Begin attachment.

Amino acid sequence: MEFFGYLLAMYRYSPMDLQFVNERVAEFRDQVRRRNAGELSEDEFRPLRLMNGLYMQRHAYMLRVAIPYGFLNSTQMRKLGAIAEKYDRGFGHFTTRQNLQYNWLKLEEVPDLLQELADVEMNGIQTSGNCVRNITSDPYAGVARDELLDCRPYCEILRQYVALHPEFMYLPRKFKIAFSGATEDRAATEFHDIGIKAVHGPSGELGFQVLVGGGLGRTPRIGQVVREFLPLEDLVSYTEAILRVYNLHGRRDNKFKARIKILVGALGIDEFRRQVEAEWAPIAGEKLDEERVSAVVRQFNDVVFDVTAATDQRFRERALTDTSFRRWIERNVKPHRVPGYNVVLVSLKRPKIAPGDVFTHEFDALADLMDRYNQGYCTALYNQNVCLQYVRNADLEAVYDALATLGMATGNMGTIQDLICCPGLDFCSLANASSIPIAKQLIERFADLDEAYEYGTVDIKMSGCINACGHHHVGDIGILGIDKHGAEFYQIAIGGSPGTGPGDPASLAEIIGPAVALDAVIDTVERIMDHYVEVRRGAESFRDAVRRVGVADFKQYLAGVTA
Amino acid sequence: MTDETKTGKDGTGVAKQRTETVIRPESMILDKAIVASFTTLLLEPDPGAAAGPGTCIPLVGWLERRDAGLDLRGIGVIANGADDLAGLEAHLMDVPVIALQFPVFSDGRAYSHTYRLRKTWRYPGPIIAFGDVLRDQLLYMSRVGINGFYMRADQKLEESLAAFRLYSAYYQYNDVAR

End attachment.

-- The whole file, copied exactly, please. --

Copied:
Amino acid sequence: MEFFGYLLAMYRYSPMDLQFVNERVAEFRDQVRRRNAGELSEDEFRPLRLMNGLYMQRHAYMLRVAIPYGFLNSTQMRKLGAIAEKYDRGFGHFTTRQNLQYNWLKLEEVPDLLQELADVEMNGIQTSGNCVRNITSDPYAGVARDELLDCRPYCEILRQYVALHPEFMYLPRKFKIAFSGATEDRAATEFHDIGIKAVHGPSGELGFQVLVGGGLGRTPRIGQVVREFLPLEDLVSYTEAILRVYNLHGRRDNKFKARIKILVGALGIDEFRRQVEAEWAPIAGEKLDEERVSAVVRQFNDVVFDVTAATDQRFRERALTDTSFRRWIERNVKPHRVPGYNVVLVSLKRPKIAPGDVFTHEFDALADLMDRYNQGYCTALYNQNVCLQYVRNADLEAVYDALATLGMATGNMGTIQDLICCPGLDFCSLANASSIPIAKQLIERFADLDEAYEYGTVDIKMSGCINACGHHHVGDIGILGIDKHGAEFYQIAIGGSPGTGPGDPASLAEIIGPAVALDAVIDTVERIMDHYVEVRRGAESFRDAVRRVGVADFKQYLAGVTA
Amino acid sequence: MTDETKTGKDGTGVAKQRTETVIRPESMILDKAIVASFTTLLLEPDPGAAAGPGTCIPLVGWLERRDAGLDLRGIGVIANGADDLAGLEAHLMDVPVIALQFPVFSDGRAYSHTYRLRKTWRYPGPIIAFGDVLRDQLLYMSRVGINGFYMRADQKLEESLAAFRLYSAYYQYNDVAR